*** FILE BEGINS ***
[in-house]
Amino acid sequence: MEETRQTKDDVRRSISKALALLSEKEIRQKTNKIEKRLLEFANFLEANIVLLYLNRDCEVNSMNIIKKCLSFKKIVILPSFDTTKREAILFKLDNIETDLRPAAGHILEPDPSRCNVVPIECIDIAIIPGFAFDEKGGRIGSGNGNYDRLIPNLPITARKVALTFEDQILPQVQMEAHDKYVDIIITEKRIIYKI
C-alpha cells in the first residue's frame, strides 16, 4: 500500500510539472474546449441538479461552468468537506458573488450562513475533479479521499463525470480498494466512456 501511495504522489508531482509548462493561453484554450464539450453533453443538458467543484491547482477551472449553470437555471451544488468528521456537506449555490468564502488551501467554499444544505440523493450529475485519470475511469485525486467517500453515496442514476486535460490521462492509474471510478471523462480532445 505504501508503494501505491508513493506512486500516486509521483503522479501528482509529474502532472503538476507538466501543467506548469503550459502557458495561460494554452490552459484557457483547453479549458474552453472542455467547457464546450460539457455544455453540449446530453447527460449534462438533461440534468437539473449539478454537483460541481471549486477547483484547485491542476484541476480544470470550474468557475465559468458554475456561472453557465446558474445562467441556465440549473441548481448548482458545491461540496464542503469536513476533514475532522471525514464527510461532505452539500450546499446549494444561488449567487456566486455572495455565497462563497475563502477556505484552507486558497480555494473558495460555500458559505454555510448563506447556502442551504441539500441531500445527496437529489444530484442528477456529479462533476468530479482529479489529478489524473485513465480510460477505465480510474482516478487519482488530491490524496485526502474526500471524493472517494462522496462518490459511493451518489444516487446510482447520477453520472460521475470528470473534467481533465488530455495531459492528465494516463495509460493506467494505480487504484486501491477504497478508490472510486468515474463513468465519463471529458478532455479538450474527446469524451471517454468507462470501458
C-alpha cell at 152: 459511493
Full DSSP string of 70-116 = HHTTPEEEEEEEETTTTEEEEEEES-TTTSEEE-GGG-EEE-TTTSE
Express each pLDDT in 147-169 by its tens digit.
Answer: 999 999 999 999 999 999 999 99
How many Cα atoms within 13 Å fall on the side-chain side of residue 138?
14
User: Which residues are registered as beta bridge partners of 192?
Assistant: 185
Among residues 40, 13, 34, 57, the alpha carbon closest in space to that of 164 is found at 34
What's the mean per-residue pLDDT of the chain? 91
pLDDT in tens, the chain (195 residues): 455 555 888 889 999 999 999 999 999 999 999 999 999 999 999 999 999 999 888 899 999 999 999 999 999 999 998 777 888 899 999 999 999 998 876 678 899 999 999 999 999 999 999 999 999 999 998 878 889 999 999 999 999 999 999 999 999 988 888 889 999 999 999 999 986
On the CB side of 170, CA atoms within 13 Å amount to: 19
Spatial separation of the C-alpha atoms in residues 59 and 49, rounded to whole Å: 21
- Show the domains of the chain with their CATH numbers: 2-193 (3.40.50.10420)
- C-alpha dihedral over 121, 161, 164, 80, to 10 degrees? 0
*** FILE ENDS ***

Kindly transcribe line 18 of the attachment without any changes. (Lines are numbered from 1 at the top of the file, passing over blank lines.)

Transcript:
- C-alpha dihedral over 121, 161, 164, 80, to 10 degrees? 0